David Morris

Call 1976

David Morris | Call 1976

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David Morris has acted for health professionals and organisations in difficulty for many years. He has represented them at disciplinary panel hearings, the tribunals of their regulators, at inquests in the Coroner’s Court, criminal trials in the Crown Court and appeals in the High Court. Whether medical student, senior consultant or hospital trust he deploys the same friendly, relaxed but rigorous approach. He aims to minimise the stress of a lengthy, lonely, career-threatening process and to secure the best possible outcome.

David is clerked primarily by Lee Johnson, Clare Sabido, Jennifer Pooler and Emma Bell.

“He displays the ability to master complex information coupled with superior advocacy skills and the ability to relate well to, and gain the confidence of, the individuals whom he represents”
Chambers & Partners

“Thank you for all your hard work on this case with your customary rabbit-out-of-the-hat ending”
Instructing Solicitor, national firm

experience & Expertise

David is a well-known junior who specialises in the defence of healthcare professionals and hospital trusts. He has long experience in representing them before their regulators, on appeal to the Administrative Court, at criminal Crown Court trials and Coroners’ inquests. In recognition of his skill and knowledge, he was awarded the accolade of Professional Discipline Junior of the Year at the Chambers & Partners’ UK Bar Awards.

David combines a detailed knowledge of tribunal and court practice and procedure with a friendly and relaxed approach that is designed to secure the best possible outcome for the client and to make a stressful, career-threatening process more bearable than might otherwise have been the case.

cases & Work of note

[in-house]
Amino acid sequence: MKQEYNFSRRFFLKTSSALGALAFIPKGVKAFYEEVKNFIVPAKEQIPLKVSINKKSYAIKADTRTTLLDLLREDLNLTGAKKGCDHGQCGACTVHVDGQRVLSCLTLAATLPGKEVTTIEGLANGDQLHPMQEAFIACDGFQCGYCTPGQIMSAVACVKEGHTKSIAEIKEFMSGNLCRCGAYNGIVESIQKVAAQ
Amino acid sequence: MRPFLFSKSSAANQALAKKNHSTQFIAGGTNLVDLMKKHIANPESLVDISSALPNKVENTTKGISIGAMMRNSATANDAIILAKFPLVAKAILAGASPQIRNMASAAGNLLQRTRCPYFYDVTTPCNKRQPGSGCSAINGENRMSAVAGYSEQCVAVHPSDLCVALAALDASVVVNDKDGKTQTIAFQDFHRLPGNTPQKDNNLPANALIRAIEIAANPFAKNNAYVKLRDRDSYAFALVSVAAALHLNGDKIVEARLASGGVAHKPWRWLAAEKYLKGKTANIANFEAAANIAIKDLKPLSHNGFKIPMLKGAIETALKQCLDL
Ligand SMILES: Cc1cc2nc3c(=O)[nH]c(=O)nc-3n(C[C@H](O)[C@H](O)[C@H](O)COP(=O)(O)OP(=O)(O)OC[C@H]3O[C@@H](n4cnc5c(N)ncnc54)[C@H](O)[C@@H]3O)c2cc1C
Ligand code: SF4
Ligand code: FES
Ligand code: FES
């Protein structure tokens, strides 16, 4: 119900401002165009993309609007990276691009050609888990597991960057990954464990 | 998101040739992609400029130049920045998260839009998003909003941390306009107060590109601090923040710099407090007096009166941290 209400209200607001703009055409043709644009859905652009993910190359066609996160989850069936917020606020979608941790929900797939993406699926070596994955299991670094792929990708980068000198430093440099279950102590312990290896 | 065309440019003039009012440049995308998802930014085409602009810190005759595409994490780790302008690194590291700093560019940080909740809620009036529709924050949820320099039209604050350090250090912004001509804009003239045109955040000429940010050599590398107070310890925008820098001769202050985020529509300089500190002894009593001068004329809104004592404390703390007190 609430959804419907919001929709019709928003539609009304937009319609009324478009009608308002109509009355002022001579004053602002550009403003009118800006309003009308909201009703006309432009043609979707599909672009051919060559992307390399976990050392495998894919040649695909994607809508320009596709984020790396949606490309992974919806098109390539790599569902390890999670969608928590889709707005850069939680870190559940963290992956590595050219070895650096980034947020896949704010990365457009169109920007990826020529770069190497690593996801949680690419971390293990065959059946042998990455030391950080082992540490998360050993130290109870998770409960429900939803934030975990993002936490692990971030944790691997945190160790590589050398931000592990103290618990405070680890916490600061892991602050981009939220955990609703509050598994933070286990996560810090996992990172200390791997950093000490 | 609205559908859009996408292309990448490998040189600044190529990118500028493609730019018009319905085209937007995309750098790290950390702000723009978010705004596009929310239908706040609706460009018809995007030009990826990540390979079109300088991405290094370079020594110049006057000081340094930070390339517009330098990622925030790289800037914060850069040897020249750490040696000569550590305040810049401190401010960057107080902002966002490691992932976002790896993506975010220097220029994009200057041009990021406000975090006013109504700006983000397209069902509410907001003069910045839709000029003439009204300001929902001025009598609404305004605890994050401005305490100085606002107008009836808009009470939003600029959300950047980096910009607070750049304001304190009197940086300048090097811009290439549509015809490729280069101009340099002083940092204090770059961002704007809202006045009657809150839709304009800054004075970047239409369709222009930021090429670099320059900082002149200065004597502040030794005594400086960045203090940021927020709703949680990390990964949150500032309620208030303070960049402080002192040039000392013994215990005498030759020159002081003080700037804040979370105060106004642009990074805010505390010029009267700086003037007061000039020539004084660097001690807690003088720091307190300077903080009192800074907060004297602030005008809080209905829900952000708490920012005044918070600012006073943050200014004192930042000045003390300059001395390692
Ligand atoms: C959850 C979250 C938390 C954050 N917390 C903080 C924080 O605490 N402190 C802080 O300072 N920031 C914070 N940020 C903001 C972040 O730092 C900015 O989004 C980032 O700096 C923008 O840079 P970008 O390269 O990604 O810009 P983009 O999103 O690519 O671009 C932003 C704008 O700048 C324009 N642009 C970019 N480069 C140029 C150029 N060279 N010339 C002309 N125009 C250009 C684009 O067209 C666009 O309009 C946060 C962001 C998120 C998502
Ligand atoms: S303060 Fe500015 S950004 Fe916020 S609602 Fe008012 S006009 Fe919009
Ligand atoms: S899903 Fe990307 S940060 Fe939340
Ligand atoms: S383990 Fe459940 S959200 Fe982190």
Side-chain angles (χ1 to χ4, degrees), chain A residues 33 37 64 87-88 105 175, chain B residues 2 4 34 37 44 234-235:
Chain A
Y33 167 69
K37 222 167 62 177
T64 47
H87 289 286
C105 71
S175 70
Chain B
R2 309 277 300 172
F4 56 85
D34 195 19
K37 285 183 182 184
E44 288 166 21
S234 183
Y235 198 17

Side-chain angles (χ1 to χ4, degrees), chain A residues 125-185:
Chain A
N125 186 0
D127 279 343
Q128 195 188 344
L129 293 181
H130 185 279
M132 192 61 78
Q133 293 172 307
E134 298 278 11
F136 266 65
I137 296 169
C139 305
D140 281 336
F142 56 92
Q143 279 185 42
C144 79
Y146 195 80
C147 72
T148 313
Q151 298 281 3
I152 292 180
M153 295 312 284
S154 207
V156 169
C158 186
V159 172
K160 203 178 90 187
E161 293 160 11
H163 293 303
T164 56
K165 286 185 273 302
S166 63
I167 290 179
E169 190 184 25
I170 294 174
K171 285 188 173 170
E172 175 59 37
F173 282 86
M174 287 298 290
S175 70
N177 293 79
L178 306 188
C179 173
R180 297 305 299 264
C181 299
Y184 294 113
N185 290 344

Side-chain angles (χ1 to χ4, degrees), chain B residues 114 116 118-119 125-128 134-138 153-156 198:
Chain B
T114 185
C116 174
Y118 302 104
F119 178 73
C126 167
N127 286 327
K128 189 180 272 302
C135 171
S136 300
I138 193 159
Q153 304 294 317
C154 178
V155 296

• General Dental Council  v T 2016
    David successfully defended a dentist who was the director of a company owning over 10 dental practices. He was accused of knowingly and dishonestly buying counterfeit dental equipment for the practices on eBay from Chinese websites for prices a small fraction of those paid for genuine items.
    On the face of the evidence about the ludicrously low prices paid a finding of dishonesty seemed inevitable. The Panel accepted his submissions on the need, in accordance with cited legal authority, to look for cogent evidence of dishonesty and to apply both an objective and subjective test. The Panel found that, while the dentist showed a profound level of naivety, he had not been dishonest.
  • Inquest 2016
    David represented a private psychiatric hospital group whose patient committed suicide with a belt she had concealed in her room as the ligature. The Coroner found a number of failings in care but David dissuaded her:
    i)  from concluding that the hospital was guilty of neglect; and
    ii) from her expressed view that a Prevention of Future Death report was required by convincing her that the hospital had taken all reasonable steps to remedy its deficiencies.
  • General Medical Council v H 2015
    A GP faced allegations of dishonestly issuing prescriptions in the names of fictitious patients. In his submissions David had cited authorities emphasising the importance of identifying cogent evidence and motive before finding charges of dishonesty proved. The Panel, while considering the doctor’s evidence to have been at times vague and evasive, was unable to identify any personal or financial motive and did not find him dishonest. Having found that the doctor’s fitness to practise was not impaired the Panel went on to reject the GMC’s submission that the doctor should receive a formal Warning for poor record-keeping which he had admitted in his evidence. It accepted David’s submission that it would be wrong to issue a Warning about matters which had not been formally alleged against the doctor and about which no findings of fact had been made. In the circumstances the Panel agreed that it did not have the power to impose a Warning about matters not included in the formal allegation. In so doing the Panel expressly rejected the contrary advice of the Legal Assessor.
  • General Medical Council v A 2014.
    Mr A was a senior surgical Specialist Registrar who faced charges relating to his performance of an appendicectomy on a 20 week pregnant woman during which he in error removed one of the patient’s ovaries having mistaken it for the appendix. These included poor clinical performance before, during and after the procedure and acting beyond the scope of his competence. The patient subsequently died from infection. It was not however part of the GMC’s case that Dr A’s failures contributed to the patient’s death. The on-call consultant who had allowed Mr A to conduct the procedure without being present to supervise him was also a defendant in the case.